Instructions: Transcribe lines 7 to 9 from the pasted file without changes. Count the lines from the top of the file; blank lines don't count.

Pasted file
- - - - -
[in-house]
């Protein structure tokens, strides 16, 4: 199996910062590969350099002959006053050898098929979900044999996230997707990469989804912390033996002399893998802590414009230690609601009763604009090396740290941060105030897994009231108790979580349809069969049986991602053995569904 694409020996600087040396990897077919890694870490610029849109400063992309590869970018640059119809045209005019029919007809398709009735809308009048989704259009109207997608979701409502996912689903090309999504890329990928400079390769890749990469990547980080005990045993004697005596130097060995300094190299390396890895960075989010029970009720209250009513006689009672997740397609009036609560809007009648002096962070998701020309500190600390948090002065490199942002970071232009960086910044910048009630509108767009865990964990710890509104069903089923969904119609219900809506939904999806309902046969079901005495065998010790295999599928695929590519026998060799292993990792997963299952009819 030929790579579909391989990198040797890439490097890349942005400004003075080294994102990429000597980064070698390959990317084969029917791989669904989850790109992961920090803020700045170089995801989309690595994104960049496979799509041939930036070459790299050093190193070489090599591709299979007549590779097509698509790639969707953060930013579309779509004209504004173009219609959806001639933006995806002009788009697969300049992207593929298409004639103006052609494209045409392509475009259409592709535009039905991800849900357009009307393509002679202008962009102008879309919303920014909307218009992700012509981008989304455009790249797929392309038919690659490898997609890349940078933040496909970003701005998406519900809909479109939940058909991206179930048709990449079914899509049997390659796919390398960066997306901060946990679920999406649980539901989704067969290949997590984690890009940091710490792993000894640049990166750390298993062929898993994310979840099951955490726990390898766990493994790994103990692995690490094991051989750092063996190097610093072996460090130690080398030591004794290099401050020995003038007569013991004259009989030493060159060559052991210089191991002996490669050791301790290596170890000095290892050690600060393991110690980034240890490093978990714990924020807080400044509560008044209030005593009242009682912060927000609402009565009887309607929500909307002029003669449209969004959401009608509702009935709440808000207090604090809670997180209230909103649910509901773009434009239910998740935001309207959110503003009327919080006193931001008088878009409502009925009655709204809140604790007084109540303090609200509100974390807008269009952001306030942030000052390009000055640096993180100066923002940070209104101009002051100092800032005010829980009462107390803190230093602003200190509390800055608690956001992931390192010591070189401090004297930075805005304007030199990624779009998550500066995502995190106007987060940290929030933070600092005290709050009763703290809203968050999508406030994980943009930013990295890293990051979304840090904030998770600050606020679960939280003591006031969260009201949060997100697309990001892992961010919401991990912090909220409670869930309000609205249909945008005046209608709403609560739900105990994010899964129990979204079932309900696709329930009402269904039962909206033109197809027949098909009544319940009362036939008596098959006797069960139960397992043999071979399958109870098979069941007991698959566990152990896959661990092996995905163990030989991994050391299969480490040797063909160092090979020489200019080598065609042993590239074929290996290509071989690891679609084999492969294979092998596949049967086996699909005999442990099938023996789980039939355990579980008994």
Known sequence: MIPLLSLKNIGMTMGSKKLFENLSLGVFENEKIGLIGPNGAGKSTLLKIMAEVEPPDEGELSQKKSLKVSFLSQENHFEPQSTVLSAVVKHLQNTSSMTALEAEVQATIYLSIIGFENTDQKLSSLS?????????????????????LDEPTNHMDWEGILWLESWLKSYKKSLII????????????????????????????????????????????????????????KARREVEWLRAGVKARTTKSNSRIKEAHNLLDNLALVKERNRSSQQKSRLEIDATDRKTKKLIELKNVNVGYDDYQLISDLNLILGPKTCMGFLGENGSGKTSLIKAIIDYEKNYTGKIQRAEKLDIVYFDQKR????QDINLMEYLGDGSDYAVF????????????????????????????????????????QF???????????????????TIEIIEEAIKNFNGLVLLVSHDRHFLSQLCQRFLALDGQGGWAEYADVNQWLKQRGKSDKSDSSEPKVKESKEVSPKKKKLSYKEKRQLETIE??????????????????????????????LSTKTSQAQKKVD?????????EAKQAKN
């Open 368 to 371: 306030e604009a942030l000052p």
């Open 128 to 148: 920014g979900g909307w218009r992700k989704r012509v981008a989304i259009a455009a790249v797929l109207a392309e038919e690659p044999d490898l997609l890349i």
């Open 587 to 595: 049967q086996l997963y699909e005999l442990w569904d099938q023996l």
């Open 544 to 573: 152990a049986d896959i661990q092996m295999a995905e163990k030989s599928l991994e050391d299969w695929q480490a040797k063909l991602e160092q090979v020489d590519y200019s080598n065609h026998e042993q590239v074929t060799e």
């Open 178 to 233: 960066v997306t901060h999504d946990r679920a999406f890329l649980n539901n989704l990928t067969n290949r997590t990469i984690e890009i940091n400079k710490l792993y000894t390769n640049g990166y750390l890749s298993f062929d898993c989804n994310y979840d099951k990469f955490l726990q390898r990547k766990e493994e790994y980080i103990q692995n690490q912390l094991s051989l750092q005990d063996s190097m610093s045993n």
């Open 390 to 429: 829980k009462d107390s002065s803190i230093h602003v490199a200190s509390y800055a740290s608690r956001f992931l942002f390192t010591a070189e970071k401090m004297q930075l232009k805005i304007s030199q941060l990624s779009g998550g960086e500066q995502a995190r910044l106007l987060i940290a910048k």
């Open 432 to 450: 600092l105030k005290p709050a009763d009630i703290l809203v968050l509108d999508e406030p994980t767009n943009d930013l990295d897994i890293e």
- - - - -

């Open 544 to 573: 152990a049986d896959i661990q092996m295999a995905e163990k030989s599928l991994e050391d299969w695929q480490a040797k063909l991602e160092q090979v020489d590519y200019s080598n065609h026998e042993q590239v074929t060799e």
């Open 178 to 233: 960066v997306t901060h999504d946990r679920a999406f890329l649980n539901n989704l990928t067969n290949r997590t990469i984690e890009i940091n400079k710490l792993y000894t390769n640049g990166y750390l890749s298993f062929d898993c989804n994310y979840d099951k990469f955490l726990q390898r990547k766990e493994e790994y980080i103990q692995n690490q912390l094991s051989l750092q005990d063996s190097m610093s045993n």
């Open 390 to 429: 829980k009462d107390s002065s803190i230093h602003v490199a200190s509390y800055a740290s608690r956001f992931l942002f390192t010591a070189e970071k401090m004297q930075l232009k805005i304007s030199q941060l990624s779009g998550g960086e500066q995502a995190r910044l106007l987060i940290a910048k």